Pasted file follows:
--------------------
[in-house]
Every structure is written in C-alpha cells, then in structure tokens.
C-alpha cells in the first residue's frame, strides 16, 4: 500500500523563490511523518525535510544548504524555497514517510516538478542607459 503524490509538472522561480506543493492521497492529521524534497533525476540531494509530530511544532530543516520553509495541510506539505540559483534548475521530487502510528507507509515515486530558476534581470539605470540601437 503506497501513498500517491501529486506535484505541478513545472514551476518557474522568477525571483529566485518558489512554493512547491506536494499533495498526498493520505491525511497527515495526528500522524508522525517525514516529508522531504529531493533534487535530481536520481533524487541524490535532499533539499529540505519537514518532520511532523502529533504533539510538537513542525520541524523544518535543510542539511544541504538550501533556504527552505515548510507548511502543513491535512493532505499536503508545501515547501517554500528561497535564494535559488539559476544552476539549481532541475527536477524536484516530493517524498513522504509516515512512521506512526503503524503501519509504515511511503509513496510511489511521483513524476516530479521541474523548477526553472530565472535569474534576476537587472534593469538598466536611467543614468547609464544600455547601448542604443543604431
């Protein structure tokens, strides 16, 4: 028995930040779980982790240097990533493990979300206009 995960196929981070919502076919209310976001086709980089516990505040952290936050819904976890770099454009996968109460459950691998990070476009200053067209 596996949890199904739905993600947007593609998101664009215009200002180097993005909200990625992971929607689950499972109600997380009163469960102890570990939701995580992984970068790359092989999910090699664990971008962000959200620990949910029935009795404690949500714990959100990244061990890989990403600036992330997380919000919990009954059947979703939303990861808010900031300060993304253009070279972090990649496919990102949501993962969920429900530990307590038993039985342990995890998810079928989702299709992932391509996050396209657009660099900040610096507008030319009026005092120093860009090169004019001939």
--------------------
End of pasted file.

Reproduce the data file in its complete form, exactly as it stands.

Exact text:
[in-house]
Every structure is written in C-alpha cells, then in structure tokens.
C-alpha cells in the first residue's frame, strides 16, 4: 500500500523563490511523518525535510544548504524555497514517510516538478542607459 503524490509538472522561480506543493492521497492529521524534497533525476540531494509530530511544532530543516520553509495541510506539505540559483534548475521530487502510528507507509515515486530558476534581470539605470540601437 503506497501513498500517491501529486506535484505541478513545472514551476518557474522568477525571483529566485518558489512554493512547491506536494499533495498526498493520505491525511497527515495526528500522524508522525517525514516529508522531504529531493533534487535530481536520481533524487541524490535532499533539499529540505519537514518532520511532523502529533504533539510538537513542525520541524523544518535543510542539511544541504538550501533556504527552505515548510507548511502543513491535512493532505499536503508545501515547501517554500528561497535564494535559488539559476544552476539549481532541475527536477524536484516530493517524498513522504509516515512512521506512526503503524503501519509504515511511503509513496510511489511521483513524476516530479521541474523548477526553472530565472535569474534576476537587472534593469538598466536611467543614468547609464544600455547601448542604443543604431
């Protein structure tokens, strides 16, 4: 028995930040779980982790240097990533493990979300206009 995960196929981070919502076919209310976001086709980089516990505040952290936050819904976890770099454009996968109460459950691998990070476009200053067209 596996949890199904739905993600947007593609998101664009215009200002180097993005909200990625992971929607689950499972109600997380009163469960102890570990939701995580992984970068790359092989999910090699664990971008962000959200620990949910029935009795404690949500714990959100990244061990890989990403600036992330997380919000919990009954059947979703939303990861808010900031300060993304253009070279972090990649496919990102949501993962969920429900530990307590038993039985342990995890998810079928989702299709992932391509996050396209657009660099900040610096507008030319009026005092120093860009090169004019001939």